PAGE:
Japan has a reputation for being expensive but the cost of living in Japan isn’t as bad as it seems. Like anywhere, it has its ups and downs and that’s certainly true of the costs as well. Besides, sometimes you just have to think outside the box a bit to find the cheaper way of living.
The first thing to consider when looking at living costs in Japan is location. As with many countries, there can be a big variance between locations, between north and south and cities and countryside.
With Tokyo being one of the most populous metropolitan areas in the world, resources are inevitably at a premium and this can significantly raise prices. However, if you look further afield at Fukuoka or Hokkaido, or even more closely at Kyoto and Osaka, living costs can vary significantly and it’s worth exploring your options when picking a city to live and study in.
Accommodation can be one of the biggest costs of living in Japan, particularly for a foreigner. The square footage costs are generally a lot more expensive than other places, but it’s also generally well designed so that you get the most out of your space.
If you want to go for traditional apartment living, you’re likely to be a bit overwhelmed. A lot of the upfront costs mean that once you’ve found a property you have to spend the equivalent of six months rent in deposits, key money and gifts and this is before you’ve even moved in.
Don’t panic though! You can do things more cheaply, even if you’re only there for a short while. There are plenty of agencies that help with short-term rental accommodation and there are also plenty of share houses in most of the major cities.
This is one of the best parts of Japan but also one of the most variable when it comes to costs. If you stick to local foods, as with many countries, it’s not that expensive and you can eat pretty healthily. The one thing that is often a shock in Japan though is fruit. It’s very expensive, wherever you are but it is delicious and almost always perfectly formed.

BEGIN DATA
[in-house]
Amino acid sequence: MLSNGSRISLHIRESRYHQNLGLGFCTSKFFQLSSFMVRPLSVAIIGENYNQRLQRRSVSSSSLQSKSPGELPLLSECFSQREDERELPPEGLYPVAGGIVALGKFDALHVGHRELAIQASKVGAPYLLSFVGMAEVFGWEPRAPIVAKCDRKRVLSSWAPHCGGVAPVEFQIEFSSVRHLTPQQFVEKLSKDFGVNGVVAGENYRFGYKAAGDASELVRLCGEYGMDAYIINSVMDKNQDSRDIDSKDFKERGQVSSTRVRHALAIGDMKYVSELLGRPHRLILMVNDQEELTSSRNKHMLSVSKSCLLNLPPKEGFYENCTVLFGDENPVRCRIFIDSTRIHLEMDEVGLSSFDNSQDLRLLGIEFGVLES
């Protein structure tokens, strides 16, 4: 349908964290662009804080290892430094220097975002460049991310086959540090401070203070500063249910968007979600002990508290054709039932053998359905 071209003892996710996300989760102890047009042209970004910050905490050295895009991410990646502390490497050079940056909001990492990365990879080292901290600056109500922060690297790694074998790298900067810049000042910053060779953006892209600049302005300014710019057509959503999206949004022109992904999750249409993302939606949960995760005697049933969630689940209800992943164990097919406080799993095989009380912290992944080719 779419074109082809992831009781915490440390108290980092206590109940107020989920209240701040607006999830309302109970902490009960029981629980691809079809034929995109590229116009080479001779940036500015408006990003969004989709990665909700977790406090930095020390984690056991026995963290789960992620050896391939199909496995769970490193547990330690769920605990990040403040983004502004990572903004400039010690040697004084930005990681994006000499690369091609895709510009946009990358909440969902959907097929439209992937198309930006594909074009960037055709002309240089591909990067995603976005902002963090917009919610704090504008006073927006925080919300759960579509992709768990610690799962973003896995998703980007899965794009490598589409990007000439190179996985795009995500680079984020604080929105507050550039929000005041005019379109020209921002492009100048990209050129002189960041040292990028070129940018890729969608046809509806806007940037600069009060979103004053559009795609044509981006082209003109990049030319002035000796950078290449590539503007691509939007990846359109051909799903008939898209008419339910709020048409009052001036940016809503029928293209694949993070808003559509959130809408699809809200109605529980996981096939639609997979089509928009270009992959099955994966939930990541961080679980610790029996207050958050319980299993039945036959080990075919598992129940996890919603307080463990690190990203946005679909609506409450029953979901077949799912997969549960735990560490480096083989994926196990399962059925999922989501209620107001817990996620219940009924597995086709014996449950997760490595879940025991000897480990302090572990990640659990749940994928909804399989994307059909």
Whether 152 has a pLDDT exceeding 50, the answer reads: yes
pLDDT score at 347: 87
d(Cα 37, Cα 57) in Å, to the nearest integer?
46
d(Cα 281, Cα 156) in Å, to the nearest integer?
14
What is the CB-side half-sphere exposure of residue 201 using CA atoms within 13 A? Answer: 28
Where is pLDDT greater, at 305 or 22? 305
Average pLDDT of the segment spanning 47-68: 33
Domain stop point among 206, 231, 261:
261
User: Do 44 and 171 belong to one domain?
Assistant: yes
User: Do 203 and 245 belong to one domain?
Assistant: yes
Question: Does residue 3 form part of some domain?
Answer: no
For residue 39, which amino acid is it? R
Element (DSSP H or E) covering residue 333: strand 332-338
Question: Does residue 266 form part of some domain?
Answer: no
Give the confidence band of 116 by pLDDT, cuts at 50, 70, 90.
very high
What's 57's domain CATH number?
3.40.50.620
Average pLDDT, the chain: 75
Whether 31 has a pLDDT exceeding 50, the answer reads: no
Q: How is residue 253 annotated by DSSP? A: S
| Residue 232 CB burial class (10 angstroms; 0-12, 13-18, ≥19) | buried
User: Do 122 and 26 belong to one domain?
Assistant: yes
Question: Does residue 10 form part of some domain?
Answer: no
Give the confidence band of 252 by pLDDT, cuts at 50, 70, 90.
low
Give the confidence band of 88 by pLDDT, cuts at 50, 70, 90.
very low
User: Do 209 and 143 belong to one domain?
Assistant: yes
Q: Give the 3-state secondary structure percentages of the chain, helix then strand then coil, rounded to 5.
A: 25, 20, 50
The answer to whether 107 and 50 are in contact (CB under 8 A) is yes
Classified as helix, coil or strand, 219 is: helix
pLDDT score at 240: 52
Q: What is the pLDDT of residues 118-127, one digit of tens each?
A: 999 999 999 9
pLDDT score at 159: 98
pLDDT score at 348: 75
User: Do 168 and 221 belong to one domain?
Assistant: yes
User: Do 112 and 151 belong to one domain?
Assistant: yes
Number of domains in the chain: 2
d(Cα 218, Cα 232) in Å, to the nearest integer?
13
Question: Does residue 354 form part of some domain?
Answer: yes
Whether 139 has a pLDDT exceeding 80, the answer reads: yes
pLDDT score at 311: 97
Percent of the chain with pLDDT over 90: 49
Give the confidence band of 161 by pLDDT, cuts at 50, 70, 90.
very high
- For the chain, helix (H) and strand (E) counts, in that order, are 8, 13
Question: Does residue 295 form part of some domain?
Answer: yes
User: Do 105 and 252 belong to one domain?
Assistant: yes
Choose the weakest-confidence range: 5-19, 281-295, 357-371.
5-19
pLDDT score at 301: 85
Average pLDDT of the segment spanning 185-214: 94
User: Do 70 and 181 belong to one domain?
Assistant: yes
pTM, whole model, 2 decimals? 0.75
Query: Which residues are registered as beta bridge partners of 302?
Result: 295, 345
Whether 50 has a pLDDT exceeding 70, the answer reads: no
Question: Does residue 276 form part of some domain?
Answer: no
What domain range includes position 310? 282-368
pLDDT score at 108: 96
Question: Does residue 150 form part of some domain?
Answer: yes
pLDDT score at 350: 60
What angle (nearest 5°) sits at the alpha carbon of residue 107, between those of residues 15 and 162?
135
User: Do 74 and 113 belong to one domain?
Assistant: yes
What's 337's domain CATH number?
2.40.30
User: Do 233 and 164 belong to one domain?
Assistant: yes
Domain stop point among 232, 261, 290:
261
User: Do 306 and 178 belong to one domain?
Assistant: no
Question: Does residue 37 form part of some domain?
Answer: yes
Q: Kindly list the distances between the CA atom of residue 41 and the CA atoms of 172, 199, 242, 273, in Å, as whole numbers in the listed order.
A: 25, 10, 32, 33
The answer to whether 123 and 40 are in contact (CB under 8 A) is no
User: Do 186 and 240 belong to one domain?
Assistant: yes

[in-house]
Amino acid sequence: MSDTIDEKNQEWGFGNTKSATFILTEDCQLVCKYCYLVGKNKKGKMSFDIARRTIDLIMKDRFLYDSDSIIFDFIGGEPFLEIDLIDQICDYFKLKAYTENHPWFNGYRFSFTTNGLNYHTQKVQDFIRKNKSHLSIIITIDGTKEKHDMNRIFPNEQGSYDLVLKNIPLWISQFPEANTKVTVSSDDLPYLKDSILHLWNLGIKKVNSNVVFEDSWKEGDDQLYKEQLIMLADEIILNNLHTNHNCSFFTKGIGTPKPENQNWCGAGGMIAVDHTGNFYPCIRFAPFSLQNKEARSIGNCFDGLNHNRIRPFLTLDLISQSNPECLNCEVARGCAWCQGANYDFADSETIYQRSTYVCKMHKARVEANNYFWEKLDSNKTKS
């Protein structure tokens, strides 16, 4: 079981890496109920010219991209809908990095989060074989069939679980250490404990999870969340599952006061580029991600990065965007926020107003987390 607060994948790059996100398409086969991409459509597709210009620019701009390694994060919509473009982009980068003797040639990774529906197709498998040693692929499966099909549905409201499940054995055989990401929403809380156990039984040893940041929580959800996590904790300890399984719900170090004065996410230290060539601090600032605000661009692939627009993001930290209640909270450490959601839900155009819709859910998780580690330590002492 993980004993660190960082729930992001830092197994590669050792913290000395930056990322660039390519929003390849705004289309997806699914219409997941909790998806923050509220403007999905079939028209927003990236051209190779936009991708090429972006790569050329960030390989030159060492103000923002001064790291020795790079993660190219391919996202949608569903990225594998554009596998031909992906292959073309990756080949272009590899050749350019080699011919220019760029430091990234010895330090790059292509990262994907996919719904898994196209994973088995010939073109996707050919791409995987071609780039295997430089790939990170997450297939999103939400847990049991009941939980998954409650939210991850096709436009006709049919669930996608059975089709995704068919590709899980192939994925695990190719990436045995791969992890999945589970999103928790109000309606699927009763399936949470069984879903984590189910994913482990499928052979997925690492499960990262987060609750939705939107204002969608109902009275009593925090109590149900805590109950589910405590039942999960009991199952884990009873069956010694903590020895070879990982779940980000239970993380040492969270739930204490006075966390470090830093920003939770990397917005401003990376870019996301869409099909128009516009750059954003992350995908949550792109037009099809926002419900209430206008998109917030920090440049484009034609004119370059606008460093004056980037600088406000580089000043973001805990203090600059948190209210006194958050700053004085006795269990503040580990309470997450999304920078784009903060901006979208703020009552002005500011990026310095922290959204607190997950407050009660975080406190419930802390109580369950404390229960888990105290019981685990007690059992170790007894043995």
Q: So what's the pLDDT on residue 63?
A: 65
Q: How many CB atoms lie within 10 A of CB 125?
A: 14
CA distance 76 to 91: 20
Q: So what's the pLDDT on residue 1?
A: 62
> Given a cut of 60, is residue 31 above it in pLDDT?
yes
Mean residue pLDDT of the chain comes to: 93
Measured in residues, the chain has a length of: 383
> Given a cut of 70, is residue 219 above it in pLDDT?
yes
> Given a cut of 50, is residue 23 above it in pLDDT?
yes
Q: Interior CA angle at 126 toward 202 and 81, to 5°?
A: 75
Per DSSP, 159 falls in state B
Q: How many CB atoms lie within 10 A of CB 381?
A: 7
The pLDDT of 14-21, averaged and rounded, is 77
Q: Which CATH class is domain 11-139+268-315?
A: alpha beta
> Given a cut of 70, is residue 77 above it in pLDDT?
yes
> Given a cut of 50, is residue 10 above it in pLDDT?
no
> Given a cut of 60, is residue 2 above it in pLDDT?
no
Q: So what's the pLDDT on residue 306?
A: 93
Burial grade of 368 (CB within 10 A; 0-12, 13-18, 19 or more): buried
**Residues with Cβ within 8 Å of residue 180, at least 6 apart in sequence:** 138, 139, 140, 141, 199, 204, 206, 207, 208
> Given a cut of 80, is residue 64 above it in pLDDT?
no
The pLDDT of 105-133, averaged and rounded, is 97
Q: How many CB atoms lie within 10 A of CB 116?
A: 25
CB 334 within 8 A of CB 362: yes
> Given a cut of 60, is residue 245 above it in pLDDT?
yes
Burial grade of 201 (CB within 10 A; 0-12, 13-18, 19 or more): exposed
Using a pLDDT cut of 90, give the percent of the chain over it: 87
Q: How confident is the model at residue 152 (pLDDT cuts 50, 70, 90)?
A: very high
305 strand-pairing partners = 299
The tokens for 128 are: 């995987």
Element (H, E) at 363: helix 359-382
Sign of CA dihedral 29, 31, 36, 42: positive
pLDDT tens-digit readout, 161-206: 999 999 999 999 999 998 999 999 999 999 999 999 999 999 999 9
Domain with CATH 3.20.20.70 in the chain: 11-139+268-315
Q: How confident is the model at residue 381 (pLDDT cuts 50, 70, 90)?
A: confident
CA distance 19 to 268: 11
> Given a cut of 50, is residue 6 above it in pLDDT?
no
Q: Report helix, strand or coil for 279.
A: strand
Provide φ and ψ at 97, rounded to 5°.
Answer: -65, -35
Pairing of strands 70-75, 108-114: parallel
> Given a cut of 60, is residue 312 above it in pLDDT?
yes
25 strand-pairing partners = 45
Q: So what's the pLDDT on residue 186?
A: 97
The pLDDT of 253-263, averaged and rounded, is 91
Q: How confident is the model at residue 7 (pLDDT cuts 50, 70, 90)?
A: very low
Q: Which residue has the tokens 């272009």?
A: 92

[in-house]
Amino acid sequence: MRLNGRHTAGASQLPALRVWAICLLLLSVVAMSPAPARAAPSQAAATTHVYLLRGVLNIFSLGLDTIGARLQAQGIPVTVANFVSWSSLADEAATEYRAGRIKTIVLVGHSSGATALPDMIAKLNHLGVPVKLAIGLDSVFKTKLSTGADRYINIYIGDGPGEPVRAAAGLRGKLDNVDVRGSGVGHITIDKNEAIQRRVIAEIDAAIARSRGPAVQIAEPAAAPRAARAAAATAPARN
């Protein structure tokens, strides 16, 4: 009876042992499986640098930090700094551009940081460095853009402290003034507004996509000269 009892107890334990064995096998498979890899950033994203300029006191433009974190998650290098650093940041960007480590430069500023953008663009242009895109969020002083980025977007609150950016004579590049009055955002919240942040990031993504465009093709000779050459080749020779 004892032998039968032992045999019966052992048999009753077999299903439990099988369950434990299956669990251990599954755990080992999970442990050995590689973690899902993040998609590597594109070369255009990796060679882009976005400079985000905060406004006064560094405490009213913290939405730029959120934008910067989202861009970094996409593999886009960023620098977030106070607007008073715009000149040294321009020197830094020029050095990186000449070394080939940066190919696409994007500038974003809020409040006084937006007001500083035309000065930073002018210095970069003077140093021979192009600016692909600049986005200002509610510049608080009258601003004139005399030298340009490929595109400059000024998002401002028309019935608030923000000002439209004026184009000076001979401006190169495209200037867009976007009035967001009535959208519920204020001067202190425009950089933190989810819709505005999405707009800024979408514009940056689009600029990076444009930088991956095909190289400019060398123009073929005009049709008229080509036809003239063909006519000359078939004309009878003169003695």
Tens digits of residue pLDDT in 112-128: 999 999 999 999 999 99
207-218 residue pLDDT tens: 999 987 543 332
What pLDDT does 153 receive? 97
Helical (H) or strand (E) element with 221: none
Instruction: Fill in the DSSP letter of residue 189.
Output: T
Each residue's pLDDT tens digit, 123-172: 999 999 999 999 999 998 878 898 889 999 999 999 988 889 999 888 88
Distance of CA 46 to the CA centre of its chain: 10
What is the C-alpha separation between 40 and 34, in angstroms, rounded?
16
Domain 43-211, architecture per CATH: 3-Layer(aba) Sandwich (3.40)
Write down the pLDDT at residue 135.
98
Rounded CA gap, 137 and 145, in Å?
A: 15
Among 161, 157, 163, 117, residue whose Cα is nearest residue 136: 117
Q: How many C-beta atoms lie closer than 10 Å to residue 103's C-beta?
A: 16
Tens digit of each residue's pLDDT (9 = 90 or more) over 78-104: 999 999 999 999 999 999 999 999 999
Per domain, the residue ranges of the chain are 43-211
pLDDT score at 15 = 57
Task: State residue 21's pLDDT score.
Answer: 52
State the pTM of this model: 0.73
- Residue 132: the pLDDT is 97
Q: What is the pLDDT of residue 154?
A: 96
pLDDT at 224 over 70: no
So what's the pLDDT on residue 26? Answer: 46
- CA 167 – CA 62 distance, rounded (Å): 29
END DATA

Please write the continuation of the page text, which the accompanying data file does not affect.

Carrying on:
There are plenty of ways to eat cheap and it’s very easy to eat out for both lunch and dinner, even on a limited budget when studying in Japan. From izakaya’s to onigiri there are a lot of cheap eating choices. 1 coin (500 yen) places are cheap and often come with generous portions. There are also cheap salaryman hot spots like Sukiya, Matsuya and Yoshinoya, where you can get a lot of food and often free rice refills.
Trains, planes and automobiles. Japan has the usual transport and being Japan it’s exceptionally good. However, this can come at a price.
The Shinkansen is very expensive and local trains are about the same as many western European costs. There are cheaper ways to get around though. Subway travel in the cities is pretty cheap and more importantly reliable and good quality.
For inter-city travel, night buses are the best and cheapest way to get around and unlike in some countries, they’re generally on time and very nice. If you really get stuck or have time, hitchhiking is a viable alternative. The Japanese are friendly, welcoming and often curious. This makes for some pretty interesting rides and is the cheapest way to get anywhere a bit more out of the way or when travelling long distances as you can get lifts on the expressways that have hefty tolls.
Other bits and pieces
Once you’ve got the basics, there are also a few other bits and pieces that it’s worth being aware of so that you can get a full idea of the cost of living in Japan.
Phones can be expensive, they don’t have pay as you go sims like they do elsewhere and health insurance is required for any resident of the country. Short-term and long-term stays can also make a massive difference to living costs but setting up a new home can be pretty cheap once you’ve got the bigger costs set up.
All in all the living costs in Japan can be expensive, but if you know how to do things right then it can be pretty cheap. Just remember that Tokyo isn’t the only option, think smart and do your research.